Robert Bunsen is most famous for inventing the Bunsen burner, which he technically did not invent. What he's not famous for is much more interesting. His most altruistic research, which has saved many lives, very nearly killed him, and led to to the research that gave us the burner.
Chemists in the 19th century were a varied lot, but they could be characterized by one common trait: a spectacular lack of concern for their own safety. If anything stunk, boiled, burned, exploded, or emitted poisonous fumes, there was a chemist standing right beside it. So it's fitting that Robert Bunsen, a budding scientist with an interest in chemistry, spent his free time gamboling up to the edges of volcanoes to collect the fumes and rigging pressure-driven geysers in his office. It's also fitting that his favorite area of study (in chemistry at least) was arsenic.
Everyone knew that arsenic was poisonous; it had been used to dispatch people since Roman times. Bunsen turned his sights on cacodyls, which are made up of a number of different chemicals, all of which seemed to be poisonous, but none of which, besides arsenic, anyone had really figured out yet. Bunsen's reports on the subject include cheerful lines like "the smell of this body produces instantaneous tingling of the hands and feet, and even giddiness and insensibility" and "it is remarkable that when one is exposed to the smell of these compounds the tongue becomes covered with a black coating."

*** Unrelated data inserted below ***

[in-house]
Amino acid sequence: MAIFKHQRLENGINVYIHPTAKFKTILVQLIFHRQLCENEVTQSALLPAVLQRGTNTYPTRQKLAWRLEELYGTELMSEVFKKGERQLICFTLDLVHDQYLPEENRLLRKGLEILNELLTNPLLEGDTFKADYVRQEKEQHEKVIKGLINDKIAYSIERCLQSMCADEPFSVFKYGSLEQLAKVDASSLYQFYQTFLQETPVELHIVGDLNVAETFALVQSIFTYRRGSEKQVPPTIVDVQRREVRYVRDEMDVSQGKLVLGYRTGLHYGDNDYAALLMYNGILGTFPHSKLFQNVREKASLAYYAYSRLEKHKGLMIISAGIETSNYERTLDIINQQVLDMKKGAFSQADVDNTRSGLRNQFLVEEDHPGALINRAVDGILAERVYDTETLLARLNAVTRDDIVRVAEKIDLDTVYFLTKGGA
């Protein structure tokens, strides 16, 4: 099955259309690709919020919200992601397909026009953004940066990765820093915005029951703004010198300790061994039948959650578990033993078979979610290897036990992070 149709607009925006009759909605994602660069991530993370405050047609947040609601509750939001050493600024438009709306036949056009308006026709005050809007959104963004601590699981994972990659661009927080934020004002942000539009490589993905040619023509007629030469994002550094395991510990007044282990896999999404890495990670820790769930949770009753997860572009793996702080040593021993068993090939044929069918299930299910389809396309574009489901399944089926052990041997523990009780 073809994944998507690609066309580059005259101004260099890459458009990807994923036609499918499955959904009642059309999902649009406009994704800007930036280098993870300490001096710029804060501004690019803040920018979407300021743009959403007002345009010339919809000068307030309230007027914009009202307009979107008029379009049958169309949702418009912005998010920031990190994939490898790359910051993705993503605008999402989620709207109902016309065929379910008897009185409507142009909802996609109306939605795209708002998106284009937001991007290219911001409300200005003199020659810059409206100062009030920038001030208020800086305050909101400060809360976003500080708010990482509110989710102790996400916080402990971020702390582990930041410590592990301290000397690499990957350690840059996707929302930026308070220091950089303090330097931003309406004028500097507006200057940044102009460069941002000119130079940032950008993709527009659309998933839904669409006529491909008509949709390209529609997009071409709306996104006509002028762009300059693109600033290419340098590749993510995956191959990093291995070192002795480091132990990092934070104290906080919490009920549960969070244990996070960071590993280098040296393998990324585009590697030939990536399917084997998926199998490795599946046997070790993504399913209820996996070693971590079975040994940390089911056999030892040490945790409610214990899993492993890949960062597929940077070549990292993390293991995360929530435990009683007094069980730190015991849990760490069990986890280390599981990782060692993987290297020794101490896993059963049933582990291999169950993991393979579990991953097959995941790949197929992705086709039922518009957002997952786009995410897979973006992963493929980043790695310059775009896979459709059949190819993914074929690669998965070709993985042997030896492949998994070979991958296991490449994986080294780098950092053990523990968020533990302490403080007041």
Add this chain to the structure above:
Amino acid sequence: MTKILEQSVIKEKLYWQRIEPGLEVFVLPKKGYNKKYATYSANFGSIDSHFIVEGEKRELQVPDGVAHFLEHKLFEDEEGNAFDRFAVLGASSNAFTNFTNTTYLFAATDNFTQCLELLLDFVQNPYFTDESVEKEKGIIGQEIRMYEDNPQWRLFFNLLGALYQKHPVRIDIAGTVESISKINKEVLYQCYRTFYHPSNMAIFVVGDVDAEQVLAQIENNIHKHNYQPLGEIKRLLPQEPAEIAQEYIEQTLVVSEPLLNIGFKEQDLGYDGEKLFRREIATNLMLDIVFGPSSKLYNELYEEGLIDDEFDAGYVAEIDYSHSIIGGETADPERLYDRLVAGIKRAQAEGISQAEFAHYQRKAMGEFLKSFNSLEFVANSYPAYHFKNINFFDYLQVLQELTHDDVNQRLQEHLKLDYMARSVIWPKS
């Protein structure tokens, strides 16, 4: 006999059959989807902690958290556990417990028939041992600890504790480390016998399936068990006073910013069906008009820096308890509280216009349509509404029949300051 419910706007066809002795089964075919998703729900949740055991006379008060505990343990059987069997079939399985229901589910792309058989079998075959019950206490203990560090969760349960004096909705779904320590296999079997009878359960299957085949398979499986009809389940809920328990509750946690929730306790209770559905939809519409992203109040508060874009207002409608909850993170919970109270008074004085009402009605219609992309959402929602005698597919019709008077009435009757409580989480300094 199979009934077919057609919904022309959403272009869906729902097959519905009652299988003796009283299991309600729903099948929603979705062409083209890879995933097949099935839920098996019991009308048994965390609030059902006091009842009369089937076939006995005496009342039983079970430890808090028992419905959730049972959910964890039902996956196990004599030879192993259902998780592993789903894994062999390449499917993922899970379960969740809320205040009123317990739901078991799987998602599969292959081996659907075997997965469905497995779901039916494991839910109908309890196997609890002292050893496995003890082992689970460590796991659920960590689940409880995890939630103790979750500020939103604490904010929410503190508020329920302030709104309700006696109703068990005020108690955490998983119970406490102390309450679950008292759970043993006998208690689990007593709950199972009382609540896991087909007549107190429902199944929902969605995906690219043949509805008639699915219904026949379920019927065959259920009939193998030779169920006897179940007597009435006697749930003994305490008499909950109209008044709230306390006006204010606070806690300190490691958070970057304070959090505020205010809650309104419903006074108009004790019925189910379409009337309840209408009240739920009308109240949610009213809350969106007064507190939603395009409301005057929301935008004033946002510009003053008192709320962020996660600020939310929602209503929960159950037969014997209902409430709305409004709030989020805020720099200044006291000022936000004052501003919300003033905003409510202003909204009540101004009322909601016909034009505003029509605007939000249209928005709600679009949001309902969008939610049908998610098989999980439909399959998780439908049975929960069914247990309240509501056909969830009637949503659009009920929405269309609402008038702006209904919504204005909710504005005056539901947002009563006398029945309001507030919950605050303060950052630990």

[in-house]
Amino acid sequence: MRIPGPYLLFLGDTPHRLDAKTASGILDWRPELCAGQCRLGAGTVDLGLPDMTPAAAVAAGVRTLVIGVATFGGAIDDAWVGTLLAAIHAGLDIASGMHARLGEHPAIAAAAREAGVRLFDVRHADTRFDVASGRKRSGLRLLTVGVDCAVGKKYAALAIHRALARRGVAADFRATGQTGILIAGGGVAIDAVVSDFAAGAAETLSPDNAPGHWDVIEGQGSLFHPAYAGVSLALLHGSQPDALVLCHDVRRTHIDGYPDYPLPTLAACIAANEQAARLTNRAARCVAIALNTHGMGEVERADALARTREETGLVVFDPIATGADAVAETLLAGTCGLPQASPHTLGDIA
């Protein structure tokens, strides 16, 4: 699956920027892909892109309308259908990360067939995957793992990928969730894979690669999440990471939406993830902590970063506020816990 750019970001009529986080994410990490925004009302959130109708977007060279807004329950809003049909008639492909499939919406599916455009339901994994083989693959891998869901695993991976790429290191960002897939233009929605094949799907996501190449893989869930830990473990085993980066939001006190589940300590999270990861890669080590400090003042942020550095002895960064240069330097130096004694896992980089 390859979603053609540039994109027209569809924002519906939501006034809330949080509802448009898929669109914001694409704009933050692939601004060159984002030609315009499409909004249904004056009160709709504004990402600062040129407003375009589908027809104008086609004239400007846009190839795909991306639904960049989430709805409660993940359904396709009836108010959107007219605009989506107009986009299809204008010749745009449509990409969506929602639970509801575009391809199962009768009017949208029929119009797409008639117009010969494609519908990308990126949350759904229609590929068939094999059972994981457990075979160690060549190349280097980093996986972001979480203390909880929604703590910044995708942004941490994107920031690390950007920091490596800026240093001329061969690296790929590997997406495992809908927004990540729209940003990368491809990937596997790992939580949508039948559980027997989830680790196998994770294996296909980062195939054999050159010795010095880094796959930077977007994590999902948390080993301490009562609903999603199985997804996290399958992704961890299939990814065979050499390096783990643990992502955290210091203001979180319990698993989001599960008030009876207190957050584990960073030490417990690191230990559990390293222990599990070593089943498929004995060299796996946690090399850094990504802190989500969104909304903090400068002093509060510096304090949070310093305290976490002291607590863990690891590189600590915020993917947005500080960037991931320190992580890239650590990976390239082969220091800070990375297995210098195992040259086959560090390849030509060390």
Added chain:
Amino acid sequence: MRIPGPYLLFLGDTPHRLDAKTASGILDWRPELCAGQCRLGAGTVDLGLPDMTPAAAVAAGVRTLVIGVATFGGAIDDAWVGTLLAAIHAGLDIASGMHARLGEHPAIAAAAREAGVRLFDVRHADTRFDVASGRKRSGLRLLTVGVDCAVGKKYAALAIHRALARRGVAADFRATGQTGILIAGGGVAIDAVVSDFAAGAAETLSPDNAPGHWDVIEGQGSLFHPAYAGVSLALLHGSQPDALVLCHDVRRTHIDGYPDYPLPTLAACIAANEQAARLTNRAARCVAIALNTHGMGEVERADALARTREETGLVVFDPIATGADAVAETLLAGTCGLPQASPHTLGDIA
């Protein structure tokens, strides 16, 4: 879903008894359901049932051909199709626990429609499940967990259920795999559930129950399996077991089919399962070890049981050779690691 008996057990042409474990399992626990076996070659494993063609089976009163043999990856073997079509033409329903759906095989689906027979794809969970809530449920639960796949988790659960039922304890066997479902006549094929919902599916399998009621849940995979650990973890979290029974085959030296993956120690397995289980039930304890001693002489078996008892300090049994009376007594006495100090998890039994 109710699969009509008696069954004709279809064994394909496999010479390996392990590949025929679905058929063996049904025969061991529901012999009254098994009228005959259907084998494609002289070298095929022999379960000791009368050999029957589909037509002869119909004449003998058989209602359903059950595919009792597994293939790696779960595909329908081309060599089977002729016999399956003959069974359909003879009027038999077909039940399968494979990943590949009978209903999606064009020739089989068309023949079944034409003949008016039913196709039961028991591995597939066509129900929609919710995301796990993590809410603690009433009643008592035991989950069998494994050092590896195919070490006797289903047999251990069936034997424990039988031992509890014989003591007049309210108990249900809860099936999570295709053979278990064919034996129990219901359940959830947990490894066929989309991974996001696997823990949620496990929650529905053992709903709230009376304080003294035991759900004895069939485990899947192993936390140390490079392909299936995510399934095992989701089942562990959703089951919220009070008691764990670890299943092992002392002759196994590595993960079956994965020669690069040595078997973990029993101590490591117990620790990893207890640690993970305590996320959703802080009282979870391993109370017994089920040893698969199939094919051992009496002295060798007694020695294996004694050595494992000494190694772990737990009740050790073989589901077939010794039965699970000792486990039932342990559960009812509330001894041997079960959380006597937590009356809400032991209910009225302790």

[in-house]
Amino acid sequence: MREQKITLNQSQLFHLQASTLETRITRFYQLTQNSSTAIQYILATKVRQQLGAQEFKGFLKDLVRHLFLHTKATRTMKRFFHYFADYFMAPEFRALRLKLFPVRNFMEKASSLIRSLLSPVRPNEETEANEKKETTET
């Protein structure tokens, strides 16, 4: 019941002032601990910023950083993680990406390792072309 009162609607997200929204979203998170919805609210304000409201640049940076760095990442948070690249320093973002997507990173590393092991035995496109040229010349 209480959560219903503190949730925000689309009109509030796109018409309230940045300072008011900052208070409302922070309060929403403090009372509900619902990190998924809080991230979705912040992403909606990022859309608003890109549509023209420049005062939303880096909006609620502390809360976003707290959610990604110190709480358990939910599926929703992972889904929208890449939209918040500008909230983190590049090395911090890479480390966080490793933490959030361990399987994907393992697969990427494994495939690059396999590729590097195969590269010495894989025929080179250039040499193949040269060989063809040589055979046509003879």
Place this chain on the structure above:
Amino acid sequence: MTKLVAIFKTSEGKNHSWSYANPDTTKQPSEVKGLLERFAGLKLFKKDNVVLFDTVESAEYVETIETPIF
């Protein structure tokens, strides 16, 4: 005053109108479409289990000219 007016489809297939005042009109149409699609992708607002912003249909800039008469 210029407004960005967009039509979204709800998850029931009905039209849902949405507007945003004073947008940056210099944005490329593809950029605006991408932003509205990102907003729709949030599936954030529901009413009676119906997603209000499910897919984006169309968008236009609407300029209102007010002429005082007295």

His tongue was not blackened in vain. Bunsen discovered a treatment for arsenic poisoning that is still used today. Iron oxide hydrate, or ferric hydrate, is only useful on arsenic that's still in the stomach, but it's a lot better than last rites. The compound basically grabs hold of dissolved arsenic in a solution, and makes it into indissoluble and indigestible arsenate of iron. Basically, the iron forms rust with the arsenic, and the body doesn't digest the poison.
Sadly, this is not the only danger of cacodyls. Among their many other objectionable traits is a tendency to spontaneously combust when exposed to air. Bunsen accidentally exposed his materials to air and set off an explosion that cost him an eye. After his brush with death and blindness he moved on to spectroscopy, the science of using the light a burning substance emits to analyze what atoms the substance contains. In order to get a good flame, he modified an existing burner, and his modifications came to be known as the Bunsen burner. And that's how one explosion in a lab altered the course of scientific history.